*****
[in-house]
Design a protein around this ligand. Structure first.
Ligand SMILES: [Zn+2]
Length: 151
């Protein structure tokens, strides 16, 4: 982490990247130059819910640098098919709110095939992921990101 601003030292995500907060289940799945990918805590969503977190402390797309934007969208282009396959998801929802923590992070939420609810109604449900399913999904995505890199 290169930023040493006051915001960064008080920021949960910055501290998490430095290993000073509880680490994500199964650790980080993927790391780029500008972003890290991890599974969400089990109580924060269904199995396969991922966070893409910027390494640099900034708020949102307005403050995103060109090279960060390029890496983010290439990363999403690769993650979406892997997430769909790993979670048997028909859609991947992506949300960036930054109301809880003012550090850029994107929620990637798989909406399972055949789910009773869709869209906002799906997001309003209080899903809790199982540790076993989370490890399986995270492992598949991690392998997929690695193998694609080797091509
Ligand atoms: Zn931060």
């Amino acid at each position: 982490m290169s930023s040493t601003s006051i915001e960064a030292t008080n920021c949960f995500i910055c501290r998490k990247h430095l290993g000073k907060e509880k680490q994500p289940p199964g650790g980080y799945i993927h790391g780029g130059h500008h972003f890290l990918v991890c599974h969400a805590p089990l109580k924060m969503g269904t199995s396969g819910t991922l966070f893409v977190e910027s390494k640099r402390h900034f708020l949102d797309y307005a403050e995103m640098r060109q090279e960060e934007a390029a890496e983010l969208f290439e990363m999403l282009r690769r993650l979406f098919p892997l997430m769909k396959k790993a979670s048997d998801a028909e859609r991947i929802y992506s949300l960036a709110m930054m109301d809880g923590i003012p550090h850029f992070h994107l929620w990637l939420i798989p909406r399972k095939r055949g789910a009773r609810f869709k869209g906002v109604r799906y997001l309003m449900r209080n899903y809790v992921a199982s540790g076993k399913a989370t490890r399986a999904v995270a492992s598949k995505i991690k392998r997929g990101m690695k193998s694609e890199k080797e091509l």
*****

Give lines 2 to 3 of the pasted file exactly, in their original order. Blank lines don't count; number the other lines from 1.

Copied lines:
Design a protein around this ligand. Structure first.
Ligand SMILES: [Zn+2]